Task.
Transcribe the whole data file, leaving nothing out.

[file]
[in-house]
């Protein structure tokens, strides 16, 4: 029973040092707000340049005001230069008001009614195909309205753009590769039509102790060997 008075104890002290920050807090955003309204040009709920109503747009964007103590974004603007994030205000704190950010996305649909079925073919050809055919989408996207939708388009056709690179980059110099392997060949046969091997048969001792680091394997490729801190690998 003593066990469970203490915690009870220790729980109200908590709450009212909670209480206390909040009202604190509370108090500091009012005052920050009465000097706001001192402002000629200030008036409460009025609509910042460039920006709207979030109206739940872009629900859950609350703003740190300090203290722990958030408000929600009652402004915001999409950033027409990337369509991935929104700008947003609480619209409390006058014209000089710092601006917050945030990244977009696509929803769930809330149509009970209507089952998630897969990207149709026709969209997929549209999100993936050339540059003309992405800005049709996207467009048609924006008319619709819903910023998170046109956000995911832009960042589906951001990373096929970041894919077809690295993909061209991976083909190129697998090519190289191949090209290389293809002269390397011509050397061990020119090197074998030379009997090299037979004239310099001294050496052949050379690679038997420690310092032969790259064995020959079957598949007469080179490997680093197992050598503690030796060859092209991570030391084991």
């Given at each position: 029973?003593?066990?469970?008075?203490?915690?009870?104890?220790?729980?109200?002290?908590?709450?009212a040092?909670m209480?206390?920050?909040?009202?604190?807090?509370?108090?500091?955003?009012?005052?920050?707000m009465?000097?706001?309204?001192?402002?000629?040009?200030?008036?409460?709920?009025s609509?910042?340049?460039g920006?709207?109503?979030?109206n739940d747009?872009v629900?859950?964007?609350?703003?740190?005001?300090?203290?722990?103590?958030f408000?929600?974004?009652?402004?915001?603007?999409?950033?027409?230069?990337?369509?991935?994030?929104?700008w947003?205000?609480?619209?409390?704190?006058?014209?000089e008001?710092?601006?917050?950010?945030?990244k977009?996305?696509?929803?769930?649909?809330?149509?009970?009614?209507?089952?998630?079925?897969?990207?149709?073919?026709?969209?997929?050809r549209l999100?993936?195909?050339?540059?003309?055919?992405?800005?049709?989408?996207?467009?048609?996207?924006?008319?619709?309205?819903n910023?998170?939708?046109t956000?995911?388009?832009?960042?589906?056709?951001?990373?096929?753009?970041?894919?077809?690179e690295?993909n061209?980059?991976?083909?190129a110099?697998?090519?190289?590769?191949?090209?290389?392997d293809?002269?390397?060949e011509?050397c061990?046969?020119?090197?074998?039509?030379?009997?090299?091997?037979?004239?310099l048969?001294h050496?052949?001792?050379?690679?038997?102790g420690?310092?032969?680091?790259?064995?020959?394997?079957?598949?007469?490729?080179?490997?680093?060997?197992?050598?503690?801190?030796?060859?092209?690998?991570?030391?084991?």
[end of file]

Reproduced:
[in-house]
């Protein structure tokens, strides 16, 4: 029973040092707000340049005001230069008001009614195909309205753009590769039509102790060997 008075104890002290920050807090955003309204040009709920109503747009964007103590974004603007994030205000704190950010996305649909079925073919050809055919989408996207939708388009056709690179980059110099392997060949046969091997048969001792680091394997490729801190690998 003593066990469970203490915690009870220790729980109200908590709450009212909670209480206390909040009202604190509370108090500091009012005052920050009465000097706001001192402002000629200030008036409460009025609509910042460039920006709207979030109206739940872009629900859950609350703003740190300090203290722990958030408000929600009652402004915001999409950033027409990337369509991935929104700008947003609480619209409390006058014209000089710092601006917050945030990244977009696509929803769930809330149509009970209507089952998630897969990207149709026709969209997929549209999100993936050339540059003309992405800005049709996207467009048609924006008319619709819903910023998170046109956000995911832009960042589906951001990373096929970041894919077809690295993909061209991976083909190129697998090519190289191949090209290389293809002269390397011509050397061990020119090197074998030379009997090299037979004239310099001294050496052949050379690679038997420690310092032969790259064995020959079957598949007469080179490997680093197992050598503690030796060859092209991570030391084991």
């Given at each position: 029973?003593?066990?469970?008075?203490?915690?009870?104890?220790?729980?109200?002290?908590?709450?009212a040092?909670m209480?206390?920050?909040?009202?604190?807090?509370?108090?500091?955003?009012?005052?920050?707000m009465?000097?706001?309204?001192?402002?000629?040009?200030?008036?409460?709920?009025s609509?910042?340049?460039g920006?709207?109503?979030?109206n739940d747009?872009v629900?859950?964007?609350?703003?740190?005001?300090?203290?722990?103590?958030f408000?929600?974004?009652?402004?915001?603007?999409?950033?027409?230069?990337?369509?991935?994030?929104?700008w947003?205000?609480?619209?409390?704190?006058?014209?000089e008001?710092?601006?917050?950010?945030?990244k977009?996305?696509?929803?769930?649909?809330?149509?009970?009614?209507?089952?998630?079925?897969?990207?149709?073919?026709?969209?997929?050809r549209l999100?993936?195909?050339?540059?003309?055919?992405?800005?049709?989408?996207?467009?048609?996207?924006?008319?619709?309205?819903n910023?998170?939708?046109t956000?995911?388009?832009?960042?589906?056709?951001?990373?096929?753009?970041?894919?077809?690179e690295?993909n061209?980059?991976?083909?190129a110099?697998?090519?190289?590769?191949?090209?290389?392997d293809?002269?390397?060949e011509?050397c061990?046969?020119?090197?074998?039509?030379?009997?090299?091997?037979?004239?310099l048969?001294h050496?052949?001792?050379?690679?038997?102790g420690?310092?032969?680091?790259?064995?020959?394997?079957?598949?007469?490729?080179?490997?680093?060997?197992?050598?503690?801190?030796?060859?092209?690998?991570?030391?084991?």